Not forever: World's biggest pink diamond mine closes

FILE: A handout photo received from Rio Tinto on October 14, 2013 shows the Argyle Phoenix, a 1.56 carat gem, one of three Fancy Red diamonds on offer which sold for more than USD 2 million to a Singapore-based jeweller.

FILE: A handout photo received from Rio Tinto on October 14, 2013 shows the Argyle Phoenix, a 1.56 carat gem, one of three Fancy Red diamonds on offer which sold for more than USD 2 million to a Singapore-based jeweller.

AFP

SYDNEY - The world's largest pink diamond mine has shut its doors after exhausting its reserves of the expensive gems, global mining giant Rio Tinto said. 

The Argyle mine, in the remote Kimberley region of Western Australia, churned out more than 90 percent of the world's pink diamonds -- sought after for their incredible rarity.

The seam was discovered in 1979 and the Anglo-Australian firm began mining operations there four years later. 

It has since produced more than 865 million carats of rough diamonds, including a small but steady stream of prized pink stones, according to Rio Tinto.

Argyle employees and indigenous landowners attended a ceremony at the shuttered mine to mark the end of operations.

READ: Rio Tinto puts largest red diamond on market

The company expects efforts to decommission and dismantle the 37-year-old site will take around five years.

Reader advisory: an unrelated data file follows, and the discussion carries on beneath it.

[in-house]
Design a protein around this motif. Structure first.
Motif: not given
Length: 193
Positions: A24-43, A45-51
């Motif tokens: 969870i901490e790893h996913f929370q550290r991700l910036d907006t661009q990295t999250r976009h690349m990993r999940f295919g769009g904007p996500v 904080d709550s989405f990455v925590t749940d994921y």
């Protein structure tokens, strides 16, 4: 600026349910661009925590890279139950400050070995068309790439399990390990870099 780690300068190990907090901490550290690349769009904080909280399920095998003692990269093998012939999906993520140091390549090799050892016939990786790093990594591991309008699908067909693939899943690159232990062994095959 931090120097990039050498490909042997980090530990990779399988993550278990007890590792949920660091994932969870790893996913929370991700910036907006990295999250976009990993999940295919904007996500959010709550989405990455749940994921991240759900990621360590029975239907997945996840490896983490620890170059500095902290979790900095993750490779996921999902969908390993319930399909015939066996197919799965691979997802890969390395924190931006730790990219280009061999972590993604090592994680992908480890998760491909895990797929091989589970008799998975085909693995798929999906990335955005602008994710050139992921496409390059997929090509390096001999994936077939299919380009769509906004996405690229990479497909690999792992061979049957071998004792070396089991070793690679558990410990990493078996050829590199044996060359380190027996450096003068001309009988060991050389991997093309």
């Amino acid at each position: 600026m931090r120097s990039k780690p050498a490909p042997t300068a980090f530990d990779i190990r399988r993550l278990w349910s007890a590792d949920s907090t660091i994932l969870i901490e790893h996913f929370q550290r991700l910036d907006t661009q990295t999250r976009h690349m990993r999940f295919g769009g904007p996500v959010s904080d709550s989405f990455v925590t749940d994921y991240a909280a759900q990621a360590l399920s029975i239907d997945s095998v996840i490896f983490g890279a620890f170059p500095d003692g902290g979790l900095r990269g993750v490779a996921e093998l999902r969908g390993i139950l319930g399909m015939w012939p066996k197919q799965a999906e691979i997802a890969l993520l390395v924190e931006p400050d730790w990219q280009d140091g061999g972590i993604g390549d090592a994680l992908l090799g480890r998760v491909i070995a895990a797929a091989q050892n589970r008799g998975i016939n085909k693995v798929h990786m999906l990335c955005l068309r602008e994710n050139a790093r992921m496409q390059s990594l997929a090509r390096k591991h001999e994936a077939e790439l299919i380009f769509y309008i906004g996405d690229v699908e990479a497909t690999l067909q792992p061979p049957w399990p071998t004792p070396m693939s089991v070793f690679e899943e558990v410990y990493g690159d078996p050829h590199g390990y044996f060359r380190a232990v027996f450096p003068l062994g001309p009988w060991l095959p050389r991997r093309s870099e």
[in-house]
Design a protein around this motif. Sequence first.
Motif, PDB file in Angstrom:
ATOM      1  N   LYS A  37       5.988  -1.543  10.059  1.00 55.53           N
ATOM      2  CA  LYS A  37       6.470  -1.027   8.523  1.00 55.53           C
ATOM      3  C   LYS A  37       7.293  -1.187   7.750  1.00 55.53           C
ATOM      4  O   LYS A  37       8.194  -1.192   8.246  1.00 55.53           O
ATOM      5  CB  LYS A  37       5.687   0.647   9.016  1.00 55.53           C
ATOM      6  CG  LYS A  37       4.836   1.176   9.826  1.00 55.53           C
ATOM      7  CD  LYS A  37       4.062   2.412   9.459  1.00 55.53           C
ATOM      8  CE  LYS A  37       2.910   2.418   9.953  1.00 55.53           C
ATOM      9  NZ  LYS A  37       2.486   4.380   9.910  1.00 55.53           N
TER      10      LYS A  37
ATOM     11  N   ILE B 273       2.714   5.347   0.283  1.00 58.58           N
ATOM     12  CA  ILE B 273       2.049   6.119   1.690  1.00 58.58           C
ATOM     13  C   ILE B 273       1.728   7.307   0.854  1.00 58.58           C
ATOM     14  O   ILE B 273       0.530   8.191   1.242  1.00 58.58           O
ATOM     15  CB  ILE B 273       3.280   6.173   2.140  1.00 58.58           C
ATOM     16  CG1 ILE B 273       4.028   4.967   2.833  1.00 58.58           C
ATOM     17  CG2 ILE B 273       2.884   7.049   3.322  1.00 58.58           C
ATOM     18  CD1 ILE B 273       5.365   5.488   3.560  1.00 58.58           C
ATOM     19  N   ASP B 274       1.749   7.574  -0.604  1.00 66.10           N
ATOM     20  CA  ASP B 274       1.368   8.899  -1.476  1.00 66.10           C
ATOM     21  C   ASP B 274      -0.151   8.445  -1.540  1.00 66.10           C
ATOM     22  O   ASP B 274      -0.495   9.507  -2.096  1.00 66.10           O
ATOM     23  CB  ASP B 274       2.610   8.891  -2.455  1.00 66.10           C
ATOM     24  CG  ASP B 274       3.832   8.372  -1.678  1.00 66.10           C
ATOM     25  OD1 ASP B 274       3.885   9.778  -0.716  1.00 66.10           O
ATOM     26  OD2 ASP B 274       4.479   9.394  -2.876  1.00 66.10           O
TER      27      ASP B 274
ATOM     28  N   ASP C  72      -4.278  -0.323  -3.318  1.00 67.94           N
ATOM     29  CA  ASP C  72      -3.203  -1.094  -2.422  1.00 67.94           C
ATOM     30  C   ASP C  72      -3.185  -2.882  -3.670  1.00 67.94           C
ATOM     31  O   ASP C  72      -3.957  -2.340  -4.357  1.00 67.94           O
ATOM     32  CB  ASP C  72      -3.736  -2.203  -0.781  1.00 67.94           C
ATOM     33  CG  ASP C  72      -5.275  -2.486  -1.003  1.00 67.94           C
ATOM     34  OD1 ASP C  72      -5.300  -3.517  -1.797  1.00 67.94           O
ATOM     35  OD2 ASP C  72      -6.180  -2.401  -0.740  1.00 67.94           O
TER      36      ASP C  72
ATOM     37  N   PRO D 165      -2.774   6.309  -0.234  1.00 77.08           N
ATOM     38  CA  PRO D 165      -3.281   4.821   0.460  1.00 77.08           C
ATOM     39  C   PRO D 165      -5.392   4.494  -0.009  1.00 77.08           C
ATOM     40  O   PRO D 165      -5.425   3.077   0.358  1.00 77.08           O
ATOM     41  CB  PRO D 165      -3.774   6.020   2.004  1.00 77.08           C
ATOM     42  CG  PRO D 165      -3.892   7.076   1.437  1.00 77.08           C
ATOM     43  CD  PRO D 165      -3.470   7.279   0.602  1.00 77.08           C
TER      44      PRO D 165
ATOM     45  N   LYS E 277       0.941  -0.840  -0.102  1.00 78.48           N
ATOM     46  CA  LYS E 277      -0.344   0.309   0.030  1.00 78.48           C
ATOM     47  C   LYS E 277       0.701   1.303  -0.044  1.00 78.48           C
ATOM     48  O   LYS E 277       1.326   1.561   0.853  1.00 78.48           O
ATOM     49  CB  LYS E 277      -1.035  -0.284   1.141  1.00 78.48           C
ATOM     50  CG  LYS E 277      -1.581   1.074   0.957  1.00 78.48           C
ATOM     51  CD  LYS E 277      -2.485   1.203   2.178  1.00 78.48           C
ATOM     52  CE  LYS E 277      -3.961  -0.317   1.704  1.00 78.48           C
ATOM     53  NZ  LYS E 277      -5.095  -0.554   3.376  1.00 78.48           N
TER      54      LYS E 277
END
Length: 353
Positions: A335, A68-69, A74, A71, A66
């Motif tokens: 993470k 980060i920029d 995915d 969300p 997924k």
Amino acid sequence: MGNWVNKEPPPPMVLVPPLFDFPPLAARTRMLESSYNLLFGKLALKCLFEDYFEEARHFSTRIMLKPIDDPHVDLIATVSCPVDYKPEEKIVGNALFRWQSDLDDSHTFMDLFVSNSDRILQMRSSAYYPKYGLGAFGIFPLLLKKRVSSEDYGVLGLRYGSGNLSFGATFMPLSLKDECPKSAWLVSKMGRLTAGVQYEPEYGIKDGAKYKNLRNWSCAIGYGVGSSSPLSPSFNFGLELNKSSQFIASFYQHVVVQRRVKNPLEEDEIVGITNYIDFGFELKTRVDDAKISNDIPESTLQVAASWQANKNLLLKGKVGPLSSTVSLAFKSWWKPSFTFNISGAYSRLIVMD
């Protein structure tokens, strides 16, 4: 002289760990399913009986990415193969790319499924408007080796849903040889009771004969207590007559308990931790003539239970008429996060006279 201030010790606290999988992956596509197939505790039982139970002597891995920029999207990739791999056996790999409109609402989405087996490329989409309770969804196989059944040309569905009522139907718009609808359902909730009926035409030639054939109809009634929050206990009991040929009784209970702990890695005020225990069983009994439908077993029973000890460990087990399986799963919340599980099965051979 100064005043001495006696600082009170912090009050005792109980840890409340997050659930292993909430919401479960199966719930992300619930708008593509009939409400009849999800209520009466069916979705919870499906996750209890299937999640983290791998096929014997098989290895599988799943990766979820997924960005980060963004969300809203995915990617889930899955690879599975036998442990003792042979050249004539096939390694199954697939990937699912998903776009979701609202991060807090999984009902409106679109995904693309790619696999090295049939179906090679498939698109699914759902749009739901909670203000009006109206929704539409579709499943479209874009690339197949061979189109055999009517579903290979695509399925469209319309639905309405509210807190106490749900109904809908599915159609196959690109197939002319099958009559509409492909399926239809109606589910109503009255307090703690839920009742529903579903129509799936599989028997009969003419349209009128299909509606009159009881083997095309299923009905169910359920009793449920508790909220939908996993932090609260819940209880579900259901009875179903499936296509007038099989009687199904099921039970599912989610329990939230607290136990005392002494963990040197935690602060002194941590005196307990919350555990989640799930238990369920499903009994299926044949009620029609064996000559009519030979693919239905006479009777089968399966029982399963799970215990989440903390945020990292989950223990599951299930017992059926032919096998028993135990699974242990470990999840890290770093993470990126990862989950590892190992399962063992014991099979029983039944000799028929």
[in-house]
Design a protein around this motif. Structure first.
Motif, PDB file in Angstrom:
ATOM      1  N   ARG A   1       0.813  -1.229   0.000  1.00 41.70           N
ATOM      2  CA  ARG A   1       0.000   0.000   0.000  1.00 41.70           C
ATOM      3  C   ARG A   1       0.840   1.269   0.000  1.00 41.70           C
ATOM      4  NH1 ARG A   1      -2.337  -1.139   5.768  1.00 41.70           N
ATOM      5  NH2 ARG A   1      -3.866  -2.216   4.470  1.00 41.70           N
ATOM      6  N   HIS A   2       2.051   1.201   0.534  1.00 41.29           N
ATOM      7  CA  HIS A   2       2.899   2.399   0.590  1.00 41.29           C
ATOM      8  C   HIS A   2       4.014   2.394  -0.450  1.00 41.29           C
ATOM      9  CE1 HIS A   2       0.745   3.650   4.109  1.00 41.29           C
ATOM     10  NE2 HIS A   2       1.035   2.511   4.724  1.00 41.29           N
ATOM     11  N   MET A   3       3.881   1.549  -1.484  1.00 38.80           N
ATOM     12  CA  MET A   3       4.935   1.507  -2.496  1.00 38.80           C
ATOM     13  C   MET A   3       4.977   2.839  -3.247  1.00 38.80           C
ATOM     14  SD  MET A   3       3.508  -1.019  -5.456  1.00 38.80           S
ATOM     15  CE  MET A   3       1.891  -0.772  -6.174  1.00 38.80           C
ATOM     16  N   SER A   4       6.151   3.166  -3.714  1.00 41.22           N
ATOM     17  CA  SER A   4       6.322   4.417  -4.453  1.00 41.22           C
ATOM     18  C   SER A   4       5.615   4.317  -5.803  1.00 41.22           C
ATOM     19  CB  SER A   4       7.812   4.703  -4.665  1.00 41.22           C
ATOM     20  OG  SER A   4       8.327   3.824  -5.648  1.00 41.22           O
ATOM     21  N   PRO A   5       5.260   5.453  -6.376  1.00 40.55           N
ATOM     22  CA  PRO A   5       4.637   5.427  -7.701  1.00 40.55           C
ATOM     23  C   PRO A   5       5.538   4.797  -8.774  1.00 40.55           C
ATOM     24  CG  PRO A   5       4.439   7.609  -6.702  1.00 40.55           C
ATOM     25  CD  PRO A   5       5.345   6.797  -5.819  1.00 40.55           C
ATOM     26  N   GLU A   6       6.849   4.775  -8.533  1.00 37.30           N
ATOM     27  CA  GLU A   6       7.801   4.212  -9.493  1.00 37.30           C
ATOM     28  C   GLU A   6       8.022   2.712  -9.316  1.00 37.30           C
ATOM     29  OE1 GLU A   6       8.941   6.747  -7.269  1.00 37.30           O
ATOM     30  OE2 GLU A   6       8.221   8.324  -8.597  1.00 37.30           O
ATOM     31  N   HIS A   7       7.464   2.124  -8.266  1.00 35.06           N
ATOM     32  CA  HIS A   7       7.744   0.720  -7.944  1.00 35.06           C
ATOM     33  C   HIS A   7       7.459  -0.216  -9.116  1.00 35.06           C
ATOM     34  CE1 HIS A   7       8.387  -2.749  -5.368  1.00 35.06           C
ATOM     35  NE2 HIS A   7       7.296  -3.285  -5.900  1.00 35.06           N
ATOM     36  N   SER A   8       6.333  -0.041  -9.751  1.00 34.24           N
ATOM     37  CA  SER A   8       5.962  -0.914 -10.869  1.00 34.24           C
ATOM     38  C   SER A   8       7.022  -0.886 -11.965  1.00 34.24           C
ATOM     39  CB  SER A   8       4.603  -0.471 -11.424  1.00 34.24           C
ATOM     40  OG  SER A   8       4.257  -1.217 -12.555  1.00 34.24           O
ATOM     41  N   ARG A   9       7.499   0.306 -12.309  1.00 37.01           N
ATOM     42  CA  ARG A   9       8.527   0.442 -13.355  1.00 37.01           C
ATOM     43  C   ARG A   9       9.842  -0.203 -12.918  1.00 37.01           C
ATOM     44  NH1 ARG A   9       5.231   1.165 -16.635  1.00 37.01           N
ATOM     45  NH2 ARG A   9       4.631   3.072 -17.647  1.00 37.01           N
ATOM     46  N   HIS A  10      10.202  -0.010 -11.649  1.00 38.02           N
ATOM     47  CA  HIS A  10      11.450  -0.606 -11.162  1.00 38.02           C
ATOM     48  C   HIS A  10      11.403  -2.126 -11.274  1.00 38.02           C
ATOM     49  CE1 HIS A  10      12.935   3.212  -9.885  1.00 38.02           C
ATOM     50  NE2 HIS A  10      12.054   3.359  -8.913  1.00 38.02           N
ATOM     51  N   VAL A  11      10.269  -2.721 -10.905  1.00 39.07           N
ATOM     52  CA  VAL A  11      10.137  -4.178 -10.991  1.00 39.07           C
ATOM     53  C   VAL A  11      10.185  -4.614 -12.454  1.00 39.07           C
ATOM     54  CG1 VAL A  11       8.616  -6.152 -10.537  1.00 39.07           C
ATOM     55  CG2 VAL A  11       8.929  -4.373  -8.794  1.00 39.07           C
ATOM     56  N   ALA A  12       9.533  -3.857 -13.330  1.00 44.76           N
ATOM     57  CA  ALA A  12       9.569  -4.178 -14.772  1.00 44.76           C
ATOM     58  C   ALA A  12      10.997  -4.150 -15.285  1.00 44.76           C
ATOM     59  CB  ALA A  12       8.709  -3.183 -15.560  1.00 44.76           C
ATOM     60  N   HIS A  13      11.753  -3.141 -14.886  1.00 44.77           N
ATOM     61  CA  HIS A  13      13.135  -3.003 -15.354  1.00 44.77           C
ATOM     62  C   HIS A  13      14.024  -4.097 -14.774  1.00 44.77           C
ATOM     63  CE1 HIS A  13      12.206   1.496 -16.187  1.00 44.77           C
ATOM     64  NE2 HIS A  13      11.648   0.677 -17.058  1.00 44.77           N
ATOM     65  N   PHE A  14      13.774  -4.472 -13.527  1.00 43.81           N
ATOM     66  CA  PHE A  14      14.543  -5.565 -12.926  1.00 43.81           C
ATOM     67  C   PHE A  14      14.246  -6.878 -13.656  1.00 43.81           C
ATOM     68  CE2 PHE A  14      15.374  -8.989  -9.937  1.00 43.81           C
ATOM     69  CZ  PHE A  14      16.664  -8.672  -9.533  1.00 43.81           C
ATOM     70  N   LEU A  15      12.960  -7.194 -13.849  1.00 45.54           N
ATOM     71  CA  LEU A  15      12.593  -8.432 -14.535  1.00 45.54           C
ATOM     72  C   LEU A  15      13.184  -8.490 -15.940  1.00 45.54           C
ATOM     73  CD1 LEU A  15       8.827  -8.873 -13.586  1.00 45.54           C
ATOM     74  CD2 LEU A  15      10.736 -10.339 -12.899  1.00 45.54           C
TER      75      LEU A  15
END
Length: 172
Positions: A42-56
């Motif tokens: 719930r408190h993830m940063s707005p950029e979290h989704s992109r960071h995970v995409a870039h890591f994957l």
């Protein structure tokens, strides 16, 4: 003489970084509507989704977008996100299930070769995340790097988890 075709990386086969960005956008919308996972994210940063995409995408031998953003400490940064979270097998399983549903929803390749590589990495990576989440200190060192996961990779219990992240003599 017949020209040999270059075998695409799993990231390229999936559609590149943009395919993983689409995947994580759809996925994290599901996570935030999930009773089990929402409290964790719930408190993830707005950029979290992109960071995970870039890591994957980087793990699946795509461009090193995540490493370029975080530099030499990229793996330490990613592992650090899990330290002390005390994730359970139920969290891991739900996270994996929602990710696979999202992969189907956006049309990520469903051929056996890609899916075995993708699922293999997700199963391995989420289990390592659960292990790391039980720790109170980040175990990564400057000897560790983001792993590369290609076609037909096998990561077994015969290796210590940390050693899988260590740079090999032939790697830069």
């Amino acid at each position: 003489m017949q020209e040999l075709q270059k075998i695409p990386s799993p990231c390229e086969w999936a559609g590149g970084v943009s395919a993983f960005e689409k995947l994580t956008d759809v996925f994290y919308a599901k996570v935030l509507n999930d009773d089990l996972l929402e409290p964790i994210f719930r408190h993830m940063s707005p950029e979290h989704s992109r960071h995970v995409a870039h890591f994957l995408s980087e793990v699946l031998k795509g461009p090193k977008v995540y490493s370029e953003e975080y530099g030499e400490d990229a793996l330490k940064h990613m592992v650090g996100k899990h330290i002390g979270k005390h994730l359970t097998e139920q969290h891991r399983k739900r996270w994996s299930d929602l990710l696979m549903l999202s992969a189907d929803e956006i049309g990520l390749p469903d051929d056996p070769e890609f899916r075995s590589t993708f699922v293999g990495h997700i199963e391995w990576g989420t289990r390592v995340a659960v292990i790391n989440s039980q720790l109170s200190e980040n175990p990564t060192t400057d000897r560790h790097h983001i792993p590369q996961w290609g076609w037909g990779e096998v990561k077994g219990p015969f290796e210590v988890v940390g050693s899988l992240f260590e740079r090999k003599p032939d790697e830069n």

"A new chapter will now begin as we start the process of respectfully closing the Argyle mine and rehabilitating the land, to be handed back to its traditional custodians," mine manager Andrew Wilson said.

Over the past two decades, the value of pink diamonds has risen by 500 percent, Rio Tinto's Sinead Kaufman told public broadcaster ABC.

The end of operations at Argyle is likely to push the price of the diamonds even higher, jewellers say. At current rates, the gems can fetch up to $3-million per carat.

Diamonds are typically clear, but jewels such as those mined at Argyle become pink through extreme heat and pressure during their creation. Those conditions warp their crystal lattices and alter the reflection of light as it passes through the body of the diamond.

Source
AFP

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